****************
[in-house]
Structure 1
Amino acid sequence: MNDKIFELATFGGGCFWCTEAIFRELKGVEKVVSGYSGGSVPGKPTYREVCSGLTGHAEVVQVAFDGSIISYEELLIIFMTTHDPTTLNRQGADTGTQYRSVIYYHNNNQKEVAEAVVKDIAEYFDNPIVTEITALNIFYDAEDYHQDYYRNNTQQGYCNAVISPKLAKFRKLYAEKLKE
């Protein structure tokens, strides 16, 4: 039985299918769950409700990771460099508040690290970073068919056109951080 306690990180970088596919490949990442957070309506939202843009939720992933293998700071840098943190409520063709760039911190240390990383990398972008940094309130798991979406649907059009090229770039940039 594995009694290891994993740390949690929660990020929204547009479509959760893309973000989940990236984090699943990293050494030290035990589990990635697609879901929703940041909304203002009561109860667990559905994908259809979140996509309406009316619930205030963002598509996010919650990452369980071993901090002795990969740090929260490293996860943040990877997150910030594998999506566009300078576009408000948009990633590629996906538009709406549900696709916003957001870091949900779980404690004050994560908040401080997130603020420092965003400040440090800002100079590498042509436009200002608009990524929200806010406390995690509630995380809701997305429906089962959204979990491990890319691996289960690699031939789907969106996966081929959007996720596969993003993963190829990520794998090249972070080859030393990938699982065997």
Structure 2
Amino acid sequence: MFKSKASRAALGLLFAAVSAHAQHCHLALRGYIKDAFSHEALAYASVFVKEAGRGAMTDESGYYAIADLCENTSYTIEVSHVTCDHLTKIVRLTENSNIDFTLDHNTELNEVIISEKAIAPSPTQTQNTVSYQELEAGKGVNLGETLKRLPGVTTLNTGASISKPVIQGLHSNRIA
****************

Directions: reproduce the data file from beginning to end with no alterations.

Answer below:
[in-house]
Structure 1
Amino acid sequence: MNDKIFELATFGGGCFWCTEAIFRELKGVEKVVSGYSGGSVPGKPTYREVCSGLTGHAEVVQVAFDGSIISYEELLIIFMTTHDPTTLNRQGADTGTQYRSVIYYHNNNQKEVAEAVVKDIAEYFDNPIVTEITALNIFYDAEDYHQDYYRNNTQQGYCNAVISPKLAKFRKLYAEKLKE
């Protein structure tokens, strides 16, 4: 039985299918769950409700990771460099508040690290970073068919056109951080 306690990180970088596919490949990442957070309506939202843009939720992933293998700071840098943190409520063709760039911190240390990383990398972008940094309130798991979406649907059009090229770039940039 594995009694290891994993740390949690929660990020929204547009479509959760893309973000989940990236984090699943990293050494030290035990589990990635697609879901929703940041909304203002009561109860667990559905994908259809979140996509309406009316619930205030963002598509996010919650990452369980071993901090002795990969740090929260490293996860943040990877997150910030594998999506566009300078576009408000948009990633590629996906538009709406549900696709916003957001870091949900779980404690004050994560908040401080997130603020420092965003400040440090800002100079590498042509436009200002608009990524929200806010406390995690509630995380809701997305429906089962959204979990491990890319691996289960690699031939789907969106996966081929959007996720596969993003993963190829990520794998090249972070080859030393990938699982065997």
Structure 2
Amino acid sequence: MFKSKASRAALGLLFAAVSAHAQHCHLALRGYIKDAFSHEALAYASVFVKEAGRGAMTDESGYYAIADLCENTSYTIEVSHVTCDHLTKIVRLTENSNIDFTLDHNTELNEVIISEKAIAPSPTQTQNTVSYQELEAGKGVNLGETLKRLPGVTTLNTGASISKPVIQGLHSNRIA